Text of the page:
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Activity title

Assessments of Numerical Simulation Methods for Turbulent Cavitating Flows

Activity Reference

AVT-320

Panel

Applied Vehicle Technology

Security Classification

NATO UNCLASSIFIED

Status

Planning

Activity type

RTG

Start date

2019

End date

2021

Keywords

Bubbly flows, Cavitation, Erosion, Noise, Turbulence

Background

Turbulent cavitating flows impact the operation of military ships in several significant ways. Physics-based, high-fidelity simulation of these flows faces several challenges. The main challenge faced in tackling turbulent multiphase flows of naval interest stems from the inherently complex physics of the flows occurring at high Reynolds numbers of O(107 - 109). Presence of multiple phases alone poses fundamental difficulties mainly due to distinctive multiple regimes of interfacial morphology ranging from dilute gas-bubble flows to churning bubbly flows to stratified flows. The physics of cavitating flows is further complicated, inasmuch as cavitation involves phase change, namely vaporization and condensation, that is influenced by non-condensable gases, gas nuclei and thermodynamics. In addition, turbulence greatly affects the interfacial dynamics of multiphase flows and the dynamics of cavitating bubbles throughout their lifetime across a wide range of length- and time-scales. Recent developments in the measurement techniques for turbulent multiphase flows using state-of-the-art optical techniques, high-speed video and X-rays have enabled us to look into the flow-fields and phase distributions of multiphase flows with unprecedented precision. The experimental data with such details not only give a new insight into the fundamental physics of the flows but also offer great opportunities to validate numerical simulations in a systematic and comprehensive manner. Although challenges still remain for high-fidelity numerical simulations, today’s high-performance computing with peta-flop processors and massive parallelism allows us to pursue a paradigm where the salient physics of turbulent multiphase flows can be predicted using advanced computational algorithms and physical models based on first principles with acceptable numerical uncertainty. In view of the strategic importance of the subject flows to the Navy, it is timely that the NATO AVT community initiates a collaborative effort to assess current technologies, develop best practices and identify areas needing improvements.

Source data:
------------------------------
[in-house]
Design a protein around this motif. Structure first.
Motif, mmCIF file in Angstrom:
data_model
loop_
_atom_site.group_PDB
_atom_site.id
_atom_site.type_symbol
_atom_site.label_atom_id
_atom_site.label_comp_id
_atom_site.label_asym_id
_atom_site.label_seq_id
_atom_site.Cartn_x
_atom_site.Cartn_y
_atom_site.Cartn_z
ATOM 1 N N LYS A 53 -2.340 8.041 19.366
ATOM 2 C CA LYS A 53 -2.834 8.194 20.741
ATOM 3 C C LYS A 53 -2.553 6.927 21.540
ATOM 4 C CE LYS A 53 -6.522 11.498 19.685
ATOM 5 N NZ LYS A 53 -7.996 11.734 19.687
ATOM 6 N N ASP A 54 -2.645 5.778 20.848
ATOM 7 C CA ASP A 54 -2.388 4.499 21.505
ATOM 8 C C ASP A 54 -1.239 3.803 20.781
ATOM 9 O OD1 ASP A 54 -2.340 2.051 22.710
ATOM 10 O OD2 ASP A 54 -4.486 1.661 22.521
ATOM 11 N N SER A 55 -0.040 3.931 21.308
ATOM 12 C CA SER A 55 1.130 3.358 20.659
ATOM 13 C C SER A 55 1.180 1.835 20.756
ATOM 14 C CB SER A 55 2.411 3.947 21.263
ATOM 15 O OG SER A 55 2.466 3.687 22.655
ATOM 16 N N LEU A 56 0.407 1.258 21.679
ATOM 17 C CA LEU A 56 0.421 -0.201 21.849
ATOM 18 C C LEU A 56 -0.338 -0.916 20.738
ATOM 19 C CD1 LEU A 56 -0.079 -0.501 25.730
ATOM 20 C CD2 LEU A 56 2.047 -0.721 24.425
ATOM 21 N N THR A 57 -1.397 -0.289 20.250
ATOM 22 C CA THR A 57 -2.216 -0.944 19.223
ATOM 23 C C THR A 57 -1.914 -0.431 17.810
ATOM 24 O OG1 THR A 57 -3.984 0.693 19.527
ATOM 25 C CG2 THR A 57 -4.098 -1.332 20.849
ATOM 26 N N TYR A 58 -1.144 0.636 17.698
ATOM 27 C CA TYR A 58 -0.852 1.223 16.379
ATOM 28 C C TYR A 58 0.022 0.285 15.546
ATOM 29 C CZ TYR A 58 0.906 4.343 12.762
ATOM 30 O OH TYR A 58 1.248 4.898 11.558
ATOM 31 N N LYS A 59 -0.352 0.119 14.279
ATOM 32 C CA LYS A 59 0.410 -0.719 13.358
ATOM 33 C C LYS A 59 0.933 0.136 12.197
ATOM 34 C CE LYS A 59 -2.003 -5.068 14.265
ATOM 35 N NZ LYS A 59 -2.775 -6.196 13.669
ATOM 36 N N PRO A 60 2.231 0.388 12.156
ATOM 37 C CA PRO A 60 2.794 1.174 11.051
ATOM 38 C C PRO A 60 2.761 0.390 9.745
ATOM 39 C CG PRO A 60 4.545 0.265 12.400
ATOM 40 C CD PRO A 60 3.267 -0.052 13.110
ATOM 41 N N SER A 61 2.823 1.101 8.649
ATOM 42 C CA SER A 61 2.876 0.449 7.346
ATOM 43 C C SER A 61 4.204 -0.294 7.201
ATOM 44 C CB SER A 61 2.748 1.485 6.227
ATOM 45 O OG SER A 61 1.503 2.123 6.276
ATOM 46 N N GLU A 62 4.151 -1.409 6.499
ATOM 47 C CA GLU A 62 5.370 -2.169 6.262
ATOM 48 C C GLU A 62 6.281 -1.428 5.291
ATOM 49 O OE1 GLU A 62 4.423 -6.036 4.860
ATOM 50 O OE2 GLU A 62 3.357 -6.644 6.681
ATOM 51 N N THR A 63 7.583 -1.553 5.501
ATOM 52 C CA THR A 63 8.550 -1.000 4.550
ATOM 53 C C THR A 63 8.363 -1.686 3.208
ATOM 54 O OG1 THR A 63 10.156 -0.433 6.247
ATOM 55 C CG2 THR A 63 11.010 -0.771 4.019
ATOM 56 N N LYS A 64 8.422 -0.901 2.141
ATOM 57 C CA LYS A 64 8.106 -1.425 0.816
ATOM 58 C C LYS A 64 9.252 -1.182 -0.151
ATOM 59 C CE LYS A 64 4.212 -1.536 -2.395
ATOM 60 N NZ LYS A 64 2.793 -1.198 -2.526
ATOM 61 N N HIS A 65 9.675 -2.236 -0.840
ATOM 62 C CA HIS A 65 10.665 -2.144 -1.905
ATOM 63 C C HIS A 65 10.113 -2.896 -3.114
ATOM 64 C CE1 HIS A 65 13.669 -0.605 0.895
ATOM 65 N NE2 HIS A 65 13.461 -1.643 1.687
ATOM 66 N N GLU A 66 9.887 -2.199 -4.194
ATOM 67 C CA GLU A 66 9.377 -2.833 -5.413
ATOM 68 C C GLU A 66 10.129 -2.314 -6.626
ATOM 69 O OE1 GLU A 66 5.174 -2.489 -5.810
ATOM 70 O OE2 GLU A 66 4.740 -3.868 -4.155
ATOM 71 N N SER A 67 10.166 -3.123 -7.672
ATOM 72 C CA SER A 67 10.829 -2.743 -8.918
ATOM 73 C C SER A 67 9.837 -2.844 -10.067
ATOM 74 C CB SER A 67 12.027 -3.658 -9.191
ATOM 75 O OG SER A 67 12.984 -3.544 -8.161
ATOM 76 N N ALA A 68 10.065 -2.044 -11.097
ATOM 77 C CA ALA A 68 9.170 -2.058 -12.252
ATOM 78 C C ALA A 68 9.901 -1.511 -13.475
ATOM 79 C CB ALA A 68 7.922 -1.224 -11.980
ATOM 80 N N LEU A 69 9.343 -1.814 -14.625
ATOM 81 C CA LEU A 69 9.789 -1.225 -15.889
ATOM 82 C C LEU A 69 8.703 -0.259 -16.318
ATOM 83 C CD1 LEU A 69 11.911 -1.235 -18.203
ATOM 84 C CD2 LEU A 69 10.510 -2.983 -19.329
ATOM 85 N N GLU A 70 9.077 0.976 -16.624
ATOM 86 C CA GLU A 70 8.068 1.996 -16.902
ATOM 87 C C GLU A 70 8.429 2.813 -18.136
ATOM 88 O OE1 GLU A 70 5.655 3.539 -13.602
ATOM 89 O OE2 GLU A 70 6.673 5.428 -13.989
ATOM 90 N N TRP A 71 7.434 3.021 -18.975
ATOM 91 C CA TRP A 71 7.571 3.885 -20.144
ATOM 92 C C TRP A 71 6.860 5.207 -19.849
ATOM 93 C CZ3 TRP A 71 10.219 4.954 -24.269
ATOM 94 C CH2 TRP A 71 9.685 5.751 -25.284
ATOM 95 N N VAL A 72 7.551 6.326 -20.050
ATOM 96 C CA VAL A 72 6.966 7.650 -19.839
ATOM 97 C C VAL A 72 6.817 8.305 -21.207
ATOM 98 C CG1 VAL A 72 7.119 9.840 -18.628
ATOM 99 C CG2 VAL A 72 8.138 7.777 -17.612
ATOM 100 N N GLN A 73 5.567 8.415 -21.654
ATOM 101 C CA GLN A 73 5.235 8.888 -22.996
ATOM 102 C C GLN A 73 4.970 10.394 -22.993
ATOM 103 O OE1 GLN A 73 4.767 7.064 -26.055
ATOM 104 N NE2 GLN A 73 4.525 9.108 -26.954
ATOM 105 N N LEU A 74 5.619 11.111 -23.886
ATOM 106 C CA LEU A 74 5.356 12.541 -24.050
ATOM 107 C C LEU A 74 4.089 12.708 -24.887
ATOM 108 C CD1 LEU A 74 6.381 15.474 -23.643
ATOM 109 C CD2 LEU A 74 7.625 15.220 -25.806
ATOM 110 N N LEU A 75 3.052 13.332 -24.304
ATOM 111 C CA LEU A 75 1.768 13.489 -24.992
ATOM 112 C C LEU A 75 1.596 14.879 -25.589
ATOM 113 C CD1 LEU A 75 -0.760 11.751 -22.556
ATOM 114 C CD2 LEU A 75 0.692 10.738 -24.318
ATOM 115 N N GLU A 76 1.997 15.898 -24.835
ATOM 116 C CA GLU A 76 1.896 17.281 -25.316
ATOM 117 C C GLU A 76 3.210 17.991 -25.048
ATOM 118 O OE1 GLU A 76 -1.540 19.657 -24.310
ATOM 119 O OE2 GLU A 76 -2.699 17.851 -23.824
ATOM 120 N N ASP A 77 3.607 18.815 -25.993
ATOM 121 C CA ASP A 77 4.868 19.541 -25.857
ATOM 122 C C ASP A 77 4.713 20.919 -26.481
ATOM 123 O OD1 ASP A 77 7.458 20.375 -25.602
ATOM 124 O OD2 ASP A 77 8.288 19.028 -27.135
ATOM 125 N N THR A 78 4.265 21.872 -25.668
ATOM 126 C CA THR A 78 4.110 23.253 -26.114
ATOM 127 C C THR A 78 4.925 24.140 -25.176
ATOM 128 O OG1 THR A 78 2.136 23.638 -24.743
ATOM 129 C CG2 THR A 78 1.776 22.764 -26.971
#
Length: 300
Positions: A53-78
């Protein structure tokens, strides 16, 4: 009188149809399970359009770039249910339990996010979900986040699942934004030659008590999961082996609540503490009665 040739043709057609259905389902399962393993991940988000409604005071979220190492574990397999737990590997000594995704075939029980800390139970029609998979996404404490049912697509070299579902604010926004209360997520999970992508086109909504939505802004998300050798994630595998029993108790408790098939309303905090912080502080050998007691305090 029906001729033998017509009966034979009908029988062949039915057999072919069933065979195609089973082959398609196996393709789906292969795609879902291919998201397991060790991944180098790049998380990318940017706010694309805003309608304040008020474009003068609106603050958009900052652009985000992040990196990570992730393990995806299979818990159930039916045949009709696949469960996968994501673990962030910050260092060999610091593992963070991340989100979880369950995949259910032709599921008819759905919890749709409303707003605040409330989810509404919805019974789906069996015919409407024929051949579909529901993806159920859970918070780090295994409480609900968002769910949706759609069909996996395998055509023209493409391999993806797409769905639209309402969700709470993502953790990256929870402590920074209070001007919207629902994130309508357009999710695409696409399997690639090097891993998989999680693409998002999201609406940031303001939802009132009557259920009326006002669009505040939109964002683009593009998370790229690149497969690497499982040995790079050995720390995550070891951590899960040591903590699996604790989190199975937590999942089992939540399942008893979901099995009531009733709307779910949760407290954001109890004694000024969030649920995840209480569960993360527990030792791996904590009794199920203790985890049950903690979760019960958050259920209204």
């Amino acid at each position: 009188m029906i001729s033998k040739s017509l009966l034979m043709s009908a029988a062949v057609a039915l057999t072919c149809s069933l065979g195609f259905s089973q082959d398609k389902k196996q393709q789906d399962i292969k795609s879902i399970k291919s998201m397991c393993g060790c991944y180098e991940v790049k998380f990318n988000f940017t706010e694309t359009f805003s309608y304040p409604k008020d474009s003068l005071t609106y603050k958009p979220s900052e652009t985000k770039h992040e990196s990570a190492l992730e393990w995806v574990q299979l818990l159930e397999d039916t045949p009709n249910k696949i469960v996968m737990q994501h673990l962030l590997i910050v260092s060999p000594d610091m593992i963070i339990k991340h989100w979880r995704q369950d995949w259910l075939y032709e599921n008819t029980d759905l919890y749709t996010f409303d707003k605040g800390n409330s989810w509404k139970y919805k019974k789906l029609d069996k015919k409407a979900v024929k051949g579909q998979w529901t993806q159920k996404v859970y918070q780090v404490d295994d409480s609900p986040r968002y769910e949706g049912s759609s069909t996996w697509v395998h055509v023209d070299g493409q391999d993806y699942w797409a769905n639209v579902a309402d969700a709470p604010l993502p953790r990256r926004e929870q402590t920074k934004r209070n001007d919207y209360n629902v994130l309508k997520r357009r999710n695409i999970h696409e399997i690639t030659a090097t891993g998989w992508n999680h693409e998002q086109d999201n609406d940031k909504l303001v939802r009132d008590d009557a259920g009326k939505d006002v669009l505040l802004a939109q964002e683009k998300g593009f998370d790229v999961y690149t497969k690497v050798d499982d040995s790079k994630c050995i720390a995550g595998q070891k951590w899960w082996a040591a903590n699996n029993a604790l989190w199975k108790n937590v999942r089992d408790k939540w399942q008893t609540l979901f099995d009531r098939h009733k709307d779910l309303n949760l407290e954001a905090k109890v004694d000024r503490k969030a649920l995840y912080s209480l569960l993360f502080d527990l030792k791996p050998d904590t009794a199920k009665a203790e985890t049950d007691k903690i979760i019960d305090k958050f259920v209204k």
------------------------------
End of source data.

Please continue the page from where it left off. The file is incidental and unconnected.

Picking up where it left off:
Objectives

• Review and select candidate experiments for case studies • Review numerical approaches to high-fidelity simulation of turbulent cavitating flows • Conduct benchmark computations for the selected cases of turbulent cavitating flows • Identify shortfalls of the numerical methods for simulating turbulent cavitating flows • Develop best practices for high-fidelity numerical simulation of turbulent cavitating flows • Recommend future efforts in computations and experiments We hope first to gain a sound understanding of the fundamental physics of turbulent cavitating flows using a combined numerical and experimental campaign. The end goal of this cooperative research is to enable high-fidelity numerical prediction of not only global quantities such as forces and moments but also the phenomenological details of turbulent cavitating flows. With the help of high-performance computing, we will take physics-based numerical simulation one-level up to demonstrate its utility in building a digital twin of a selected marine propulsion system (e.g., waterjet pump). Reports and papers will also be among the deliverables.

Topics

• State-of-the-art experiments for turbulent cavitating flows • Mathematical frameworks to describe multiphase flows (e.g., Eulerian, Lagrangian) • Scale-resolving simulation of turbulent flows • Mass-transfer (vaporization and condensation) modelling • Effects of turbulence on the life cycle of cavitating bubbles • Numerical algorithms for solutions of turbulent multiphase flow equations One critically important aspect of cavitation from S & T standpoint we hope to shed light on is the role played by turbulent flow-fields such as fluctuating pressure in driving cavitation (e.g., cavitation inception, shedding and collapse of cloud cavity) that has not been properly addressed in previous numerical simulations.

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